"Simply put, I do my best to keep errors of fact off the letters page; when one does run, a correction is published," Thornton concluded. "Saying 'there's no sign humans have caused climate change' is not stating an opinion, it's asserting a factual inaccuracy."
Meanwhile, the editors of Popular Science magazine have taken an even bigger step. They've chosen to stop publishing comments to their science-based articles altogether because, they wrote, there is clear social-science evidence that efforts to jam public comment sections with lies, distortions and falsehoods affects readers' ability to separate fact from fiction about the content of articles.
"Comments can be bad for science. That's why … we're shutting them off," the online content editor, Suzanne LaBarre, wrote on September 21. "It wasn't a decision we made lightly. As the news arm of a 141-year-old science and technology magazine, we are as committed to fostering lively, intellectual debate as we are to spreading the word of science far and wide. The problem is when trolls and spambots overwhelm the former, diminishing our ability to do the latter.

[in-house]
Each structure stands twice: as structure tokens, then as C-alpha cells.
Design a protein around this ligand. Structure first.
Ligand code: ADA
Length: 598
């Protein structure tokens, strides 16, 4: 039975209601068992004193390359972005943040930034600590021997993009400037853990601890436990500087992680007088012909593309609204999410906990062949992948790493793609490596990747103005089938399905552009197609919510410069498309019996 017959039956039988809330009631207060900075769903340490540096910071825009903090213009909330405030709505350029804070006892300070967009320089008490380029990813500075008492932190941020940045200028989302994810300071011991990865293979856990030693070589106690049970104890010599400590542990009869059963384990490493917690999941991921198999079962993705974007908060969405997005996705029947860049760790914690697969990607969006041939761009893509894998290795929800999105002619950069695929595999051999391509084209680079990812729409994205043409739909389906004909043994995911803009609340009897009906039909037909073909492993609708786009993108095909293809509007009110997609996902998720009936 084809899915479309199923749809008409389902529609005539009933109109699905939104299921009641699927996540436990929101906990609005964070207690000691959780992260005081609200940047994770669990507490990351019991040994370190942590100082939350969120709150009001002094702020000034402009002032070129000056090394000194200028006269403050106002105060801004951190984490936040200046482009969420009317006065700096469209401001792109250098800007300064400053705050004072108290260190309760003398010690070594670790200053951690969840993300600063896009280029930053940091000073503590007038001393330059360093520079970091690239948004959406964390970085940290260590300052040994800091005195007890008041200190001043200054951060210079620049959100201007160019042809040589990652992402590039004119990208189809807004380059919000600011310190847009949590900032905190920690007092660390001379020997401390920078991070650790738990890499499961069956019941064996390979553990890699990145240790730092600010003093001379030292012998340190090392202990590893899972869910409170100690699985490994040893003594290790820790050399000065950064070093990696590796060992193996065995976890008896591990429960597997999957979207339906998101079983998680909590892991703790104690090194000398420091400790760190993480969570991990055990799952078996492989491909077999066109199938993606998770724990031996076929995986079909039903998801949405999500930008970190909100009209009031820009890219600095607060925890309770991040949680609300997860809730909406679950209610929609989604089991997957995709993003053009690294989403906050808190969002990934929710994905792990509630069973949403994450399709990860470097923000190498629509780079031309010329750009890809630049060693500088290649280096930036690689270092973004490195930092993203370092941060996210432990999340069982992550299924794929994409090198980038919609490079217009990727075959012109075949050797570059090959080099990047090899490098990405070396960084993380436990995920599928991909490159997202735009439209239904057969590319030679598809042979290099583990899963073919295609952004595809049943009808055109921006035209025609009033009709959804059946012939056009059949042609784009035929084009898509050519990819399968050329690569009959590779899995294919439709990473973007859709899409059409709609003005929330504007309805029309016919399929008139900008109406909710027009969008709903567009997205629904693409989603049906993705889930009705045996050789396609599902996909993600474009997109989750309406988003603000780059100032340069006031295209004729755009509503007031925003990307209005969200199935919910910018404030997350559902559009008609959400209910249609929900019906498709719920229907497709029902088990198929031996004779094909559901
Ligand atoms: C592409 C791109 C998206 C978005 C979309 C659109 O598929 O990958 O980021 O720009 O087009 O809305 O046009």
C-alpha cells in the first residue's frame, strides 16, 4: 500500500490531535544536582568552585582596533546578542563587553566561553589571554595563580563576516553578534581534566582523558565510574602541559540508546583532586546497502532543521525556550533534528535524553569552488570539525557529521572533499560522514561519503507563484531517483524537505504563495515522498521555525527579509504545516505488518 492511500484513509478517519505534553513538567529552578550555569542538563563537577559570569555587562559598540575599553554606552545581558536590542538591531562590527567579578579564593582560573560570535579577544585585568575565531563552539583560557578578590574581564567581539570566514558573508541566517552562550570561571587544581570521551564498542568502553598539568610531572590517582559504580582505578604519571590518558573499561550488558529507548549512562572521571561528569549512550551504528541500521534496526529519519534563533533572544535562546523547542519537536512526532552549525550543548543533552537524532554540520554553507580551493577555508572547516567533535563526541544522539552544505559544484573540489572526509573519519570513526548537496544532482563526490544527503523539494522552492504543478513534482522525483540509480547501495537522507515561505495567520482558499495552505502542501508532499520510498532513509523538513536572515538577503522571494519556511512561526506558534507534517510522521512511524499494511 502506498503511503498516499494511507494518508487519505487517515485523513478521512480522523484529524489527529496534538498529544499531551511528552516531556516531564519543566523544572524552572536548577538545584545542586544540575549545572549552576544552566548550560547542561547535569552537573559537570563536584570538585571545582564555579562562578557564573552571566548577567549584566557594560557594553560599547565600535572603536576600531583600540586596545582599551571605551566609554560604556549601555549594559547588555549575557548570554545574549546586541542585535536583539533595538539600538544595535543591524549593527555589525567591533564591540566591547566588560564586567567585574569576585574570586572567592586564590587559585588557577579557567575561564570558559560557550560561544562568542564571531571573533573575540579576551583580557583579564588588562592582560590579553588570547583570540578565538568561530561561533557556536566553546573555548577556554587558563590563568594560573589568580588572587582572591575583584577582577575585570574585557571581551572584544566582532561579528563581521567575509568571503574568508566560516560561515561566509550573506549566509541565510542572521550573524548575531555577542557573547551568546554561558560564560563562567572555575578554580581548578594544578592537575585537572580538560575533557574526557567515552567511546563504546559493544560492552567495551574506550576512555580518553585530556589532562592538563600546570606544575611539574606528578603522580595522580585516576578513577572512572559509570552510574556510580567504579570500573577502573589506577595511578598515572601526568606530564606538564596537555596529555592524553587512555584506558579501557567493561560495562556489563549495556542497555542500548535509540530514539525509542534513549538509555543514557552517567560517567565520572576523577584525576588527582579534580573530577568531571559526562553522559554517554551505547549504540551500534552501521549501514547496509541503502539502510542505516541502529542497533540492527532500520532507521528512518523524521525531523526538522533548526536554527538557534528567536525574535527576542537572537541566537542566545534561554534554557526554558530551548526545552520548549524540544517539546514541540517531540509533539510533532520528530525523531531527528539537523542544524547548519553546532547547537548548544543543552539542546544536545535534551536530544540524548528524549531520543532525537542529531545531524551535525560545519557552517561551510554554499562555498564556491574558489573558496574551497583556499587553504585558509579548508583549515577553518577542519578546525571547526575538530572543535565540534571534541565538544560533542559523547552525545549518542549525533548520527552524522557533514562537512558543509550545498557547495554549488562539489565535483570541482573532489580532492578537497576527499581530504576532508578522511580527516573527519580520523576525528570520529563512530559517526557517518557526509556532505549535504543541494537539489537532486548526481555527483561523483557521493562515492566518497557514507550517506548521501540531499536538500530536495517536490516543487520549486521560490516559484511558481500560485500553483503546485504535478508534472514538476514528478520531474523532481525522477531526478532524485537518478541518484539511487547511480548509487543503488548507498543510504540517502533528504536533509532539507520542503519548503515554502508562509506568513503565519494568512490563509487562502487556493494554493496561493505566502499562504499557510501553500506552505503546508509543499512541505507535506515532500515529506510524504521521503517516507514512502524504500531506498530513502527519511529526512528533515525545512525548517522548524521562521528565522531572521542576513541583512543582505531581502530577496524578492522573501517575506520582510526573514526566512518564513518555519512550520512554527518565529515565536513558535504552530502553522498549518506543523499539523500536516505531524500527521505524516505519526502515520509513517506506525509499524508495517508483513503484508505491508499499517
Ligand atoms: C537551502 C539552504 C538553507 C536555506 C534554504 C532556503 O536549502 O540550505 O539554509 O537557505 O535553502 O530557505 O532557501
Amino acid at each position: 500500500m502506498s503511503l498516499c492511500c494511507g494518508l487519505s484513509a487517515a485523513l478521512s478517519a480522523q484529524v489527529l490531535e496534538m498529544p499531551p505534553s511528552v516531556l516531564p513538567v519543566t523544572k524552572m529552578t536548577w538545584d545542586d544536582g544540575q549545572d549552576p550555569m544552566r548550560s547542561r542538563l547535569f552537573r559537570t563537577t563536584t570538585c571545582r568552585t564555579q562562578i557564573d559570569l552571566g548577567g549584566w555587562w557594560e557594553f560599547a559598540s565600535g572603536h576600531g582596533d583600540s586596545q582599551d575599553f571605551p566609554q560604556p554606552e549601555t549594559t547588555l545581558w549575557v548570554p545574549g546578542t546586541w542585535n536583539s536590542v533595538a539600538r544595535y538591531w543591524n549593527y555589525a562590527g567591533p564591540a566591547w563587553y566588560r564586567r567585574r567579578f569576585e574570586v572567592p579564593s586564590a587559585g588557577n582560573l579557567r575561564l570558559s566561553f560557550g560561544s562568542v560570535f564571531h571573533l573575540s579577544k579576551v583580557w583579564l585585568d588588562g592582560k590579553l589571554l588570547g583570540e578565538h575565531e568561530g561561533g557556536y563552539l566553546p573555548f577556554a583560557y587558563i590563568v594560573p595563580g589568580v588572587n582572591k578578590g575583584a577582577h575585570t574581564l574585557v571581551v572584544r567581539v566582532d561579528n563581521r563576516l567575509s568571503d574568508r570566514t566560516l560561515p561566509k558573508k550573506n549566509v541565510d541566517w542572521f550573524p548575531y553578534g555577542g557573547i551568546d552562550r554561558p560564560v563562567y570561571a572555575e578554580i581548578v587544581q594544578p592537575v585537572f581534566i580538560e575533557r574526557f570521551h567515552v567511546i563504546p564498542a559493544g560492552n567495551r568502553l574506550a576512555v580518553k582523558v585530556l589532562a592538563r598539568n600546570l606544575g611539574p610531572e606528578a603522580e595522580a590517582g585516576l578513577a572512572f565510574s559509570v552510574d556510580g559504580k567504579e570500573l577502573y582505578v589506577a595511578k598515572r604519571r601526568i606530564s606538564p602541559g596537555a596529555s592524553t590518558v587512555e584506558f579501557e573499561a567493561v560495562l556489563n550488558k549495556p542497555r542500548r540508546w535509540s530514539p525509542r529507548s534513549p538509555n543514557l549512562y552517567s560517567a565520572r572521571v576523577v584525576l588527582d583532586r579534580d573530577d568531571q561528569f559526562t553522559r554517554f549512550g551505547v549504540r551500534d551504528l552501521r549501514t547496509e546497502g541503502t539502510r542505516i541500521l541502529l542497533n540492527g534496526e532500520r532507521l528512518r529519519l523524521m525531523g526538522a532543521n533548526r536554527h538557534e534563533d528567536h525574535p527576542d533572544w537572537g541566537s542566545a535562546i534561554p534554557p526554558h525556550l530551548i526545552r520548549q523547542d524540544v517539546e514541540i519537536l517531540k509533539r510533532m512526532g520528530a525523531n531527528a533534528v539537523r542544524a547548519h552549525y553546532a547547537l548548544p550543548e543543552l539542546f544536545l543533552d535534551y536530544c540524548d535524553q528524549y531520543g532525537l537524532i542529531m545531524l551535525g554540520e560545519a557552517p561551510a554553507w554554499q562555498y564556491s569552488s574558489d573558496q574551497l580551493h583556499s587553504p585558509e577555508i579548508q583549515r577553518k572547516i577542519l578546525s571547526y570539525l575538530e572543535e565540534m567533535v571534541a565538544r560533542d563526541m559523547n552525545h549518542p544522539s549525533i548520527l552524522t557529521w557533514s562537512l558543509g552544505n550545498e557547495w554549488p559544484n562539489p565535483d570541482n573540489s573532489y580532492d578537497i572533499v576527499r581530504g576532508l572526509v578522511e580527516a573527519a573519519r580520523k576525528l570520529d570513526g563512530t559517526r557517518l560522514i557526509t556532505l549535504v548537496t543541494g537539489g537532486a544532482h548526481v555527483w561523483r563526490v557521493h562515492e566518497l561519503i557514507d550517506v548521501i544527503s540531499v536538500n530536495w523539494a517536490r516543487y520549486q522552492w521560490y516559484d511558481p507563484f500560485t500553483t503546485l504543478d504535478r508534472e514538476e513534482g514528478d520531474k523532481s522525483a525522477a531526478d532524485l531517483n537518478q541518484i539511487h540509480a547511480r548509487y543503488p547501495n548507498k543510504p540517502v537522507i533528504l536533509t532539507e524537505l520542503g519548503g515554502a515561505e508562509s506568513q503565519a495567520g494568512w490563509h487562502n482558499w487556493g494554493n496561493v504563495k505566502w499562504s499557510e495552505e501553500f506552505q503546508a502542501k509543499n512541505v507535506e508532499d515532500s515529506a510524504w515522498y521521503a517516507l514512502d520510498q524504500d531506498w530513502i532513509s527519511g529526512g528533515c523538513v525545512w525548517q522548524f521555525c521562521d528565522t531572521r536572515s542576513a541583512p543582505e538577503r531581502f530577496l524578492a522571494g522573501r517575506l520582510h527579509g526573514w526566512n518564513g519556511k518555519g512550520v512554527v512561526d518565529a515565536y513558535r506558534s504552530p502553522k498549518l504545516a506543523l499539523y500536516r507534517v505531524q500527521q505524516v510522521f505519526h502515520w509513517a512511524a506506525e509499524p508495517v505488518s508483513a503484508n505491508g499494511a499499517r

"That is not to suggest that we are the only website in the world that attracts vexing commenters. Far from it," she wrote. "Nor is it to suggest that all, or even close to all, of our commenters are shrill, boorish specimens of the lower internet phyla. We have many delightful, thought-provoking commenters. But even a fractious minority wields enough power to skew a reader's perception of a story, recent research suggests."
Issues in a democracy need to be argued and debated. But there are also facts beyond dispute, and it's good to see editors and media leaders rediscovering this time-honored concept.
A version of this column appeared as"Indisputable Facts" inU.S. News & World Report. His most recent Op-Ed was "Is Anyone Tracking the Hurricanes During a Furlough?" The views expressed are those of the author and do not necessarily reflect the views of the publisher. This version of the article was originally published on LiveScience.